Tipperary food firm drawn into horse meat scandal
Another Irish-owned food company has been drawn into the horse meat scandal with the news that Oak Farm Foods produced the cottage pies that were withdrawn from British school kitchens by Lancashire County Council last week.
Oak Farm Foods is the UK division of Dawn Fresh Foods, the Fethard, Co Tipperary-based convenience food company.
On Friday, Lancashire county council said it had withdrawn the cottage pies from 47 school kitchens after samples provisionally tested positive for traces of horse DNA.
Oak Farm Foods said it had launched a full internal investigation into the matter. “The product has been recalled from the customer,” it said in a statement.
It said Oak Farm Foods had produced ready meals, soups and sauces for the past 25 years “and has an exemplary record in terms of food quality and safety standards”.
“While the company carries out extensive testing on all its products, DNA testing has not been widely available or the norm in the industry. However, given recent issues, Oak Farm Foods has instigated a new regime that includes DNA tests. We can confirm that all tests for equine DNA on products to date have tested negative.”
Dawn Fresh Foods is part of the Queally Group which also owns QK Cold Stores in Naas. On Friday, Minister for Agriculture Simon Coveney said QK Cold Stores had told his department it had found horse DNA in consignments of frozen beef trimmings imported from Poland.
These consignments were either returned to the Polish companies concerned or were under detention by the department at the cold store. Mr Coveney said the company had confirmed that none of the consignments that tested positive for horse meat were released on to the market.
Dawn Meats, which produces burgers for McDonald’s, has stressed that Dawn Fresh Foods and Oak Farm Foods and are not members of the Dawn Meats group.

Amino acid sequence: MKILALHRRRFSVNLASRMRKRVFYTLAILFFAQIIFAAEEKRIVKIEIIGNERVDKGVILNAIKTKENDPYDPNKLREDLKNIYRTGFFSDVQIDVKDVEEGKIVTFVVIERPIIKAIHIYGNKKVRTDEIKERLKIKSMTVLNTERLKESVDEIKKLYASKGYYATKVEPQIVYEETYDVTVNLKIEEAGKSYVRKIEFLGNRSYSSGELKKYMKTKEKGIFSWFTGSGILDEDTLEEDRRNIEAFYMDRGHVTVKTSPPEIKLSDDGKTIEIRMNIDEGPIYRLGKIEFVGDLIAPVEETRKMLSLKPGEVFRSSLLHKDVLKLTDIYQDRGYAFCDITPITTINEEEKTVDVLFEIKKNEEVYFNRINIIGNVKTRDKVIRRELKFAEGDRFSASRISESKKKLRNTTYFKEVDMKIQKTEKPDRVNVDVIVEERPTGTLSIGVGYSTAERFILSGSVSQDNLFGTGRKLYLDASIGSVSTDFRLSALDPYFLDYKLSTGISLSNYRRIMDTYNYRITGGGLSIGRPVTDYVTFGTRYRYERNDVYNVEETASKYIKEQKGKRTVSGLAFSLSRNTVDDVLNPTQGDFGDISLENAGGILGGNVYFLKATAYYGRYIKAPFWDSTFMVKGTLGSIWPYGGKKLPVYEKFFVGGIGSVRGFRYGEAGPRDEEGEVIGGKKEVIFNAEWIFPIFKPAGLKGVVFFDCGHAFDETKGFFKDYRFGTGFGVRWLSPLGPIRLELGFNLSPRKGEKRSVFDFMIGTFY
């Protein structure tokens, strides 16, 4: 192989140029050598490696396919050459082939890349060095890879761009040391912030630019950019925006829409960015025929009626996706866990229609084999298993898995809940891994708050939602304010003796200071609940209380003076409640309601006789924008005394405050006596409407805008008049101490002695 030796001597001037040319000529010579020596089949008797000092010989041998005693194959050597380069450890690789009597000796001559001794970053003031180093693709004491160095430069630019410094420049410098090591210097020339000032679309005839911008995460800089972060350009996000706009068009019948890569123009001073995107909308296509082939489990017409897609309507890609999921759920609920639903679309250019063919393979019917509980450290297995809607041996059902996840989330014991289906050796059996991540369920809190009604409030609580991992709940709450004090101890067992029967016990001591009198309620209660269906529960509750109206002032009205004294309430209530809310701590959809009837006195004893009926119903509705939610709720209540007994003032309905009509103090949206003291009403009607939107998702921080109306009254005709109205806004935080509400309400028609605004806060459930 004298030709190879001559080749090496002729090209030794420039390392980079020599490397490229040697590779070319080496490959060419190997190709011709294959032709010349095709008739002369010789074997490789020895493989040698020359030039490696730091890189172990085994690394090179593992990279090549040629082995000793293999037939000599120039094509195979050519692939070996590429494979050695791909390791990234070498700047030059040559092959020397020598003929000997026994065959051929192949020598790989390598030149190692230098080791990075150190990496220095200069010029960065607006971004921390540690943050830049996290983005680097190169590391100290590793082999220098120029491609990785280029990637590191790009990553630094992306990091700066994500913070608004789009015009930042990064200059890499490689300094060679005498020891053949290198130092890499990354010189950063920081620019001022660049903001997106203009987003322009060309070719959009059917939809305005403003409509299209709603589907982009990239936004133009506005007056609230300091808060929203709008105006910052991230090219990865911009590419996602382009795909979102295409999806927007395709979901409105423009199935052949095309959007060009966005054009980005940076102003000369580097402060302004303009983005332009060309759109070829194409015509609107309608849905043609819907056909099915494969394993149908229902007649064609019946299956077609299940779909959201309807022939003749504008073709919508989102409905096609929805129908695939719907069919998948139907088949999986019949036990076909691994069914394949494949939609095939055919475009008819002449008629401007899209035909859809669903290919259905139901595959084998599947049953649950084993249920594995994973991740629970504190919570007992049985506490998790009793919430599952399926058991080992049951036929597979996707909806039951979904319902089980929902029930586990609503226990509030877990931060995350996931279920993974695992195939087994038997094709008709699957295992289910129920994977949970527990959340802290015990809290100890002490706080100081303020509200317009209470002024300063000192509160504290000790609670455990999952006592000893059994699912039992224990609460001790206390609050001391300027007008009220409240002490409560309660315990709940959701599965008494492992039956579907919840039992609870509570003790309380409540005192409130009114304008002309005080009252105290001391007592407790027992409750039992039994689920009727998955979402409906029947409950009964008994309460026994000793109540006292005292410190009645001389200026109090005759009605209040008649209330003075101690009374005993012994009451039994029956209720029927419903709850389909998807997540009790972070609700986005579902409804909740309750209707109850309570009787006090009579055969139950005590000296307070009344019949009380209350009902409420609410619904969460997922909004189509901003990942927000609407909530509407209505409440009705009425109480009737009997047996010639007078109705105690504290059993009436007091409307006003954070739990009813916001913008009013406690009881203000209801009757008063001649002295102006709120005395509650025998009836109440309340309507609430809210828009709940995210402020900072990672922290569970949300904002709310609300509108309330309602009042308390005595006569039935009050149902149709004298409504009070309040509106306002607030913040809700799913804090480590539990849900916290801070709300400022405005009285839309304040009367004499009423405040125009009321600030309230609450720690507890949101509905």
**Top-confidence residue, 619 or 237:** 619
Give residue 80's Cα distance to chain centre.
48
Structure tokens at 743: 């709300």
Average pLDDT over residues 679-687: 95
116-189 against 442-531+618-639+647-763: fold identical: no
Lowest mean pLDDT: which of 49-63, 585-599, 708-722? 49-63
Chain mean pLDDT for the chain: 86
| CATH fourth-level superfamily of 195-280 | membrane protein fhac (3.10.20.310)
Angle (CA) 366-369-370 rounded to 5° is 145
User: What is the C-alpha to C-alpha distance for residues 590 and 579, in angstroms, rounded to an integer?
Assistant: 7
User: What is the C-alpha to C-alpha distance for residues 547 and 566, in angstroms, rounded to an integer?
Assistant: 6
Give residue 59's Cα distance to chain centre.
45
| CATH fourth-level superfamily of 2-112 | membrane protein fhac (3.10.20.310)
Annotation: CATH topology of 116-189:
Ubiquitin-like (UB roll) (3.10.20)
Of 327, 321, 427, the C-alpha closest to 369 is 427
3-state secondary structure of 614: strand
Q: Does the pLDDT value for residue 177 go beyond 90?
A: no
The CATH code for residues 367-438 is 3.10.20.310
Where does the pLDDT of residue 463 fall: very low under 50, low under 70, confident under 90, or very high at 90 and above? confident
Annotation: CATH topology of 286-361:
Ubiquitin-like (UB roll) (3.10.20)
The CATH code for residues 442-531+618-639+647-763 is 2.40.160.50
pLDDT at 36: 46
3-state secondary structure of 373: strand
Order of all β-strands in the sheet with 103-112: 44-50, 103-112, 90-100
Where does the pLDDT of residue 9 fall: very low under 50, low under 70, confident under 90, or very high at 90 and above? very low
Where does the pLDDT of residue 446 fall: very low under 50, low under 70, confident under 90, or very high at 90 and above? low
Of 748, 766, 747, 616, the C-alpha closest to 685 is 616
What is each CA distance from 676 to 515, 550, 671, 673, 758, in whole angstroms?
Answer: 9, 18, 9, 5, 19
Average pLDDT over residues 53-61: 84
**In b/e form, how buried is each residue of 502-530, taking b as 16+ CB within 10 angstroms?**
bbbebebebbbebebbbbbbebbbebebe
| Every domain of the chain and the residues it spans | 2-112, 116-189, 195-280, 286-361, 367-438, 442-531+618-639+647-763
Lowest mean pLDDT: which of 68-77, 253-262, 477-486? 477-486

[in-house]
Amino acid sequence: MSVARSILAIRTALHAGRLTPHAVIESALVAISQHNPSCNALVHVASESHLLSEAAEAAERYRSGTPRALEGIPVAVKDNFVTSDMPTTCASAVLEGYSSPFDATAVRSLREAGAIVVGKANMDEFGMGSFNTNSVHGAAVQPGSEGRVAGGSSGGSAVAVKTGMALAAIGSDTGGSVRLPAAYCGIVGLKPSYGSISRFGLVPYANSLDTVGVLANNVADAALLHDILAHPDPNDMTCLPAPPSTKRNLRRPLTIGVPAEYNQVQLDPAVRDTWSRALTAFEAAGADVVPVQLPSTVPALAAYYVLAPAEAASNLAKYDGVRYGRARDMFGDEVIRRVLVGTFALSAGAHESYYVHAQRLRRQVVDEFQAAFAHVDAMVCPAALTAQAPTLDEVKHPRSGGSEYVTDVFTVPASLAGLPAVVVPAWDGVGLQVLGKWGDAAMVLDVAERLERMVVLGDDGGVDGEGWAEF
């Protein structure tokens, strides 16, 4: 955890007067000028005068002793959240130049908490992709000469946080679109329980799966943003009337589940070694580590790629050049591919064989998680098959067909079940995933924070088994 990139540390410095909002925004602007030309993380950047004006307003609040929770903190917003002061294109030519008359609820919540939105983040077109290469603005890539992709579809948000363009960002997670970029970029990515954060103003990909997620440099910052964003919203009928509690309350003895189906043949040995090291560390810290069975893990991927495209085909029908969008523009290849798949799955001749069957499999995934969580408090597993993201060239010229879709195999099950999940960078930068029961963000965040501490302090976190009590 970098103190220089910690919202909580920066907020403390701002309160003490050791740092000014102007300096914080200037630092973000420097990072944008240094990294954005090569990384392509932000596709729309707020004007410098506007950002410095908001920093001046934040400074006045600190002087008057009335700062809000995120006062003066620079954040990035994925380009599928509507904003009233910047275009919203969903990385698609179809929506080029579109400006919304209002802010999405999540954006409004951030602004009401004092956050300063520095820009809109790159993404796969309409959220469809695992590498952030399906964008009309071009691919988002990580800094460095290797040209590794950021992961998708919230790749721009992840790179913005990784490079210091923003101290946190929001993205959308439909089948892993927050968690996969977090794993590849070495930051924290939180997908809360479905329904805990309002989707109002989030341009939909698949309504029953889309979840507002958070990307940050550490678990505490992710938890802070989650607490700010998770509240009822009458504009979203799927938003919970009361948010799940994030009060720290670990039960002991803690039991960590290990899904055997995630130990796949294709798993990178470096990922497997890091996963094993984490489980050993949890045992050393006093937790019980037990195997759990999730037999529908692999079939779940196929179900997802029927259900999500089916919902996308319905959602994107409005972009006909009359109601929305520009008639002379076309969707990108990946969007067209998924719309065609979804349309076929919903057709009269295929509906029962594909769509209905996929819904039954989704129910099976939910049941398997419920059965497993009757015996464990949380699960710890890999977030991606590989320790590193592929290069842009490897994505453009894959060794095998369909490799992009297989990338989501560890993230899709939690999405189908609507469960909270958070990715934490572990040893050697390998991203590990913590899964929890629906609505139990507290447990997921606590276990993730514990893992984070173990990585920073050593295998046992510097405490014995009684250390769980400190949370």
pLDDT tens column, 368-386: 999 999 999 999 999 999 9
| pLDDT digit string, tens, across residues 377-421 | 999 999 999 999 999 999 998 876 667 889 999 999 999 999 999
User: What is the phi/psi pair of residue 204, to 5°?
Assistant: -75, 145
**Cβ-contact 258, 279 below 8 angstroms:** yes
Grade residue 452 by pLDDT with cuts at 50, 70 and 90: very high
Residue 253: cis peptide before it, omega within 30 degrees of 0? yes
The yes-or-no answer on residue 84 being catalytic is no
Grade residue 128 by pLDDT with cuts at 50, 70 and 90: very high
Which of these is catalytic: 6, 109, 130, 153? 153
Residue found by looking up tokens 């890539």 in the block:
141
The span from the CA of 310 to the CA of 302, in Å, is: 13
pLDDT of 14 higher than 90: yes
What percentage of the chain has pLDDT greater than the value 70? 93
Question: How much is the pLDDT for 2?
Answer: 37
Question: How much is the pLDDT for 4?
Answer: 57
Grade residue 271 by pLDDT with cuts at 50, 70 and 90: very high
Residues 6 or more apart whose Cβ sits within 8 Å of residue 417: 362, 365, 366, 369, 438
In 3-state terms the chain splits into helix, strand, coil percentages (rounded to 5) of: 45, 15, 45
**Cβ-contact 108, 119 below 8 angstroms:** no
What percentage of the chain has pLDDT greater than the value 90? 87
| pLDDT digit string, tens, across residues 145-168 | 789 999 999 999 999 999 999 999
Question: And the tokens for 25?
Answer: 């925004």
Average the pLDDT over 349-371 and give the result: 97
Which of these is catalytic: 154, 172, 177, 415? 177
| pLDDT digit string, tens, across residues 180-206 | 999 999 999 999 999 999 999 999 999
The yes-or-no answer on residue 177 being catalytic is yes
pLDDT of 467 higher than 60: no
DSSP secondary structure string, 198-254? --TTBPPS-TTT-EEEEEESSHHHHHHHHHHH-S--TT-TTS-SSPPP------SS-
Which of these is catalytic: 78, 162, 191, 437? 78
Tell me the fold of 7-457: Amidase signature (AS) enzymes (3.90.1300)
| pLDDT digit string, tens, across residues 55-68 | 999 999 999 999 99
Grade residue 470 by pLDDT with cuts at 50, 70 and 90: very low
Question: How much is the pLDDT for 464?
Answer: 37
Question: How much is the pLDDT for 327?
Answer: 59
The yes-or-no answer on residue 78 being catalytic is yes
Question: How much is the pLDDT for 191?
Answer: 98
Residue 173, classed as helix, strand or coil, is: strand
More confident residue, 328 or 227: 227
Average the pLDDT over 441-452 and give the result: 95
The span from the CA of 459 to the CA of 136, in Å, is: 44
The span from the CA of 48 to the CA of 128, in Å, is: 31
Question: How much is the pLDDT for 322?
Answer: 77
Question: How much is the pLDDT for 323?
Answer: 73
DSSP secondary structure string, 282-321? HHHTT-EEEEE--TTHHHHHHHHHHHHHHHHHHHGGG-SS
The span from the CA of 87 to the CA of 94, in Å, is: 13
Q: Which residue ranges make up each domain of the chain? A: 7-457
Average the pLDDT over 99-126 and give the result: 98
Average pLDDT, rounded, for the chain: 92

Both Dawn Meats and McDonald’s said Oak Farm Foods and Dawn Fresh Foods were “completely separate entities” from Dawn Meats. “There is no question of any crossover of product into the McDonald’s supply chain.” a spokeswoman for McDonald’s said. Members of the Queally family are shareholders in both Dawn Fresh Foods and Dawn Meats.
It is almost six weeks since the presence of horse meat in beef products was highlighted by the Food Safety Authority of Ireland. Intensive DNA testing of meat products is under way throughout Europe.
On Friday, EU member states approved a plan for large-scale testing of beef products for horse DNA. The Department of Agriculture said testing under this programme would begin this week and Ireland would submit all related results from the initial month of testing to the European Commission by April 15th.
Some 2,250 samples of beef products will be taken across the EU while member states will carry out at least five tests each on horse meat to see if they contain bute, a potentially harmful veterinary medicine.
Separately, the Food Safety Authority of Ireland and the Department of Agriculture are working with the meat processing sector on a national protocol for DNA testing of meat.